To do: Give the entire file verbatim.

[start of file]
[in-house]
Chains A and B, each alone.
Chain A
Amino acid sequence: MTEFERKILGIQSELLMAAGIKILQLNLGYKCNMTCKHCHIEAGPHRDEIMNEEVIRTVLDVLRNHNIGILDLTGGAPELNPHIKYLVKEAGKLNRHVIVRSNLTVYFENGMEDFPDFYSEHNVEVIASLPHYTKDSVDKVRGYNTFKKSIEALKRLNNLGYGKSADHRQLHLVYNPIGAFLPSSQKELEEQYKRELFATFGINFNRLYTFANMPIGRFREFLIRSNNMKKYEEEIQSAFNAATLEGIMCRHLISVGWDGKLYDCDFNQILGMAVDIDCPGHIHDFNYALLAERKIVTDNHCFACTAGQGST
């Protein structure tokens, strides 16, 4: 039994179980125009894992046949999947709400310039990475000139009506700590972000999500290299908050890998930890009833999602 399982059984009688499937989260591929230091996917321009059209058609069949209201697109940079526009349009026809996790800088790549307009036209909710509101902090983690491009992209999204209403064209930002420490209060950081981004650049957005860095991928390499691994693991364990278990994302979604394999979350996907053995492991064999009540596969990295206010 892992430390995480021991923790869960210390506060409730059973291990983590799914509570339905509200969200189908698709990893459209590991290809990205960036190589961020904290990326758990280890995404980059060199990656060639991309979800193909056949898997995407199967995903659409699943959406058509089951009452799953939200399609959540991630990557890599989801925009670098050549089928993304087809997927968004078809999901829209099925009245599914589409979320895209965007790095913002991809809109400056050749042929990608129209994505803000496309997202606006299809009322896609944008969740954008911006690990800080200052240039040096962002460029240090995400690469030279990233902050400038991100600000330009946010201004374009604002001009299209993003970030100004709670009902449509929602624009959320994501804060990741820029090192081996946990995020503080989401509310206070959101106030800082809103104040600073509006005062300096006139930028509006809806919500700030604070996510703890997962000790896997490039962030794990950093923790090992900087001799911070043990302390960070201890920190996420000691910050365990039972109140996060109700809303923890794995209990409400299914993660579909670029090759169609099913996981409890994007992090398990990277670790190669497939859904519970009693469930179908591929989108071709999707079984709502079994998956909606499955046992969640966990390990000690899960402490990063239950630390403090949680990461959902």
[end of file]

[in-house]
Chains A and B, each alone.
Chain A
Amino acid sequence: MTEFERKILGIQSELLMAAGIKILQLNLGYKCNMTCKHCHIEAGPHRDEIMNEEVIRTVLDVLRNHNIGILDLTGGAPELNPHIKYLVKEAGKLNRHVIVRSNLTVYFENGMEDFPDFYSEHNVEVIASLPHYTKDSVDKVRGYNTFKKSIEALKRLNNLGYGKSADHRQLHLVYNPIGAFLPSSQKELEEQYKRELFATFGINFNRLYTFANMPIGRFREFLIRSNNMKKYEEEIQSAFNAATLEGIMCRHLISVGWDGKLYDCDFNQILGMAVDIDCPGHIHDFNYALLAERKIVTDNHCFACTAGQGST
């Protein structure tokens, strides 16, 4: 039994179980125009894992046949999947709400310039990475000139009506700590972000999500290299908050890998930890009833999602 399982059984009688499937989260591929230091996917321009059209058609069949209201697109940079526009349009026809996790800088790549307009036209909710509101902090983690491009992209999204209403064209930002420490209060950081981004650049957005860095991928390499691994693991364990278990994302979604394999979350996907053995492991064999009540596969990295206010 892992430390995480021991923790869960210390506060409730059973291990983590799914509570339905509200969200189908698709990893459209590991290809990205960036190589961020904290990326758990280890995404980059060199990656060639991309979800193909056949898997995407199967995903659409699943959406058509089951009452799953939200399609959540991630990557890599989801925009670098050549089928993304087809997927968004078809999901829209099925009245599914589409979320895209965007790095913002991809809109400056050749042929990608129209994505803000496309997202606006299809009322896609944008969740954008911006690990800080200052240039040096962002460029240090995400690469030279990233902050400038991100600000330009946010201004374009604002001009299209993003970030100004709670009902449509929602624009959320994501804060990741820029090192081996946990995020503080989401509310206070959101106030800082809103104040600073509006005062300096006139930028509006809806919500700030604070996510703890997962000790896997490039962030794990950093923790090992900087001799911070043990302390960070201890920190996420000691910050365990039972109140996060109700809303923890794995209990409400299914993660579909670029090759169609099913996981409890994007992090398990990277670790190669497939859904519970009693469930179908591929989108071709999707079984709502079994998956909606499955046992969640966990390990000690899960402490990063239950630390403090949680990461959902």